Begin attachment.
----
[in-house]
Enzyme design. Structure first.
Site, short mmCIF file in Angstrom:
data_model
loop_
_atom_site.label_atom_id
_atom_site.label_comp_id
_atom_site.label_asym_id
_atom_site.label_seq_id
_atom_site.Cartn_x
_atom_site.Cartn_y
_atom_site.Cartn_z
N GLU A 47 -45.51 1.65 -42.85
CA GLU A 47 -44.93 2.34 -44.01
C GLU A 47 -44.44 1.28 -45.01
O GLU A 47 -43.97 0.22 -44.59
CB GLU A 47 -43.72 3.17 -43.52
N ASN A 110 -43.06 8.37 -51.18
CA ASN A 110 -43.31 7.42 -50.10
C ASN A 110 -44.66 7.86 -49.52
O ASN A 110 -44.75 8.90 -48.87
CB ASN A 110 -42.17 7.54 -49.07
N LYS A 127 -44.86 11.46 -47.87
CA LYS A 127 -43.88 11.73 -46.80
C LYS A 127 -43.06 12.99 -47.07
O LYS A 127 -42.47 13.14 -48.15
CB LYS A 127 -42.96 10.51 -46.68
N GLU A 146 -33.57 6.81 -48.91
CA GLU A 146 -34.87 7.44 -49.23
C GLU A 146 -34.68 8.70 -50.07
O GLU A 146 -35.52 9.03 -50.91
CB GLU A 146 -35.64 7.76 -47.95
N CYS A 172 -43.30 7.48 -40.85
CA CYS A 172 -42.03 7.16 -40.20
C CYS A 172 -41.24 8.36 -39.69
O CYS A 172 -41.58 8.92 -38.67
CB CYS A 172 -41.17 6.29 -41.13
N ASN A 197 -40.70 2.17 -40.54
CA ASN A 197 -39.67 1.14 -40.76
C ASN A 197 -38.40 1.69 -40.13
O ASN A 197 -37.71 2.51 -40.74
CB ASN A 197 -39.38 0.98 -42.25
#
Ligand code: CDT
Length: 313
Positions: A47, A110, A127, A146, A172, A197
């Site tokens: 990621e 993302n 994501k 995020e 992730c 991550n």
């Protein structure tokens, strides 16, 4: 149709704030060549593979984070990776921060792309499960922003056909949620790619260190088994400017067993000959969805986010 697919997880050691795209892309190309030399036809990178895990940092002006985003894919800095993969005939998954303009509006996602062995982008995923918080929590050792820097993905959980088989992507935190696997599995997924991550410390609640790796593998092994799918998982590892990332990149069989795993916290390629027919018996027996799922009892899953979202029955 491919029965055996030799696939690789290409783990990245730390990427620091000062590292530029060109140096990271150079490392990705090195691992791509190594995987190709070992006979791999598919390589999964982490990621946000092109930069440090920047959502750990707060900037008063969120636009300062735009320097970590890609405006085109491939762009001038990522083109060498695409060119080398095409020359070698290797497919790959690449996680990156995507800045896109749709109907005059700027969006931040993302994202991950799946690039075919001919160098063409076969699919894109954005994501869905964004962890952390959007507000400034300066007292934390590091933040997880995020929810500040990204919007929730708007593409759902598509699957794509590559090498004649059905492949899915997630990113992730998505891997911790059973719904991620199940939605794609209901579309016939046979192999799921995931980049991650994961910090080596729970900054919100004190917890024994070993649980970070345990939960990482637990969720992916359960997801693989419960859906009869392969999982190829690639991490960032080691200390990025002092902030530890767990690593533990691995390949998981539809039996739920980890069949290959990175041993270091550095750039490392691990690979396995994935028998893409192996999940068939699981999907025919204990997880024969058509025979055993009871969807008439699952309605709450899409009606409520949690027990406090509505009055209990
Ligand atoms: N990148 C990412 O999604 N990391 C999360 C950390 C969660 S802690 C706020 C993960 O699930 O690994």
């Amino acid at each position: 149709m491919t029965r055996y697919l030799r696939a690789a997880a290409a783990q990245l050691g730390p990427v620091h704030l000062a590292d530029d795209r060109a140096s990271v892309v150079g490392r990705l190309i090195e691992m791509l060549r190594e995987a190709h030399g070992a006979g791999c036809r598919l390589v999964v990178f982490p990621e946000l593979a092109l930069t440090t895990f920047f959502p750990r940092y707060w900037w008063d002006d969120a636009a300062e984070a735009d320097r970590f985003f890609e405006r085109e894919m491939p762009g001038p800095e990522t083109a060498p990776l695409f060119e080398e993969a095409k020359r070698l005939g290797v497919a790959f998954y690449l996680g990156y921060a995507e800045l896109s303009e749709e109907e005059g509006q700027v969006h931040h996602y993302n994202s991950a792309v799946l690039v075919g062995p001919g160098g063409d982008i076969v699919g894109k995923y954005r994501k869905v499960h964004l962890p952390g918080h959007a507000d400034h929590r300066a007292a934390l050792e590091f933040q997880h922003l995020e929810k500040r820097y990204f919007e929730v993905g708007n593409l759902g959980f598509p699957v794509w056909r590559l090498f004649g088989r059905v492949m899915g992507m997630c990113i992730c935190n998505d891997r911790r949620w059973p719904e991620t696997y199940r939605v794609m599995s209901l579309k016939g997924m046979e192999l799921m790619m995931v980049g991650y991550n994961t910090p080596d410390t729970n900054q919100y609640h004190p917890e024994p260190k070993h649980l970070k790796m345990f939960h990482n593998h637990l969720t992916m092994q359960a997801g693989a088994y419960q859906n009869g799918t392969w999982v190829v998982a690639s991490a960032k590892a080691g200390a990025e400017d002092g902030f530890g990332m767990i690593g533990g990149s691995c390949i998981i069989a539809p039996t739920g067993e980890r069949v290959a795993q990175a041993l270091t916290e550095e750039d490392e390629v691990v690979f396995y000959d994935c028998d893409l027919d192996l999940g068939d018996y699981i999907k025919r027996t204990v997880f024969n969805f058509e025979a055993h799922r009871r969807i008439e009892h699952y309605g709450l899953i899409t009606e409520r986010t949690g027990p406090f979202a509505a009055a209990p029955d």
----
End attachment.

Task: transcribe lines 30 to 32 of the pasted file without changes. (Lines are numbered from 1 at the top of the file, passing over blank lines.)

C GLU A 146 -34.68 8.70 -50.07
O GLU A 146 -35.52 9.03 -50.91
CB GLU A 146 -35.64 7.76 -47.95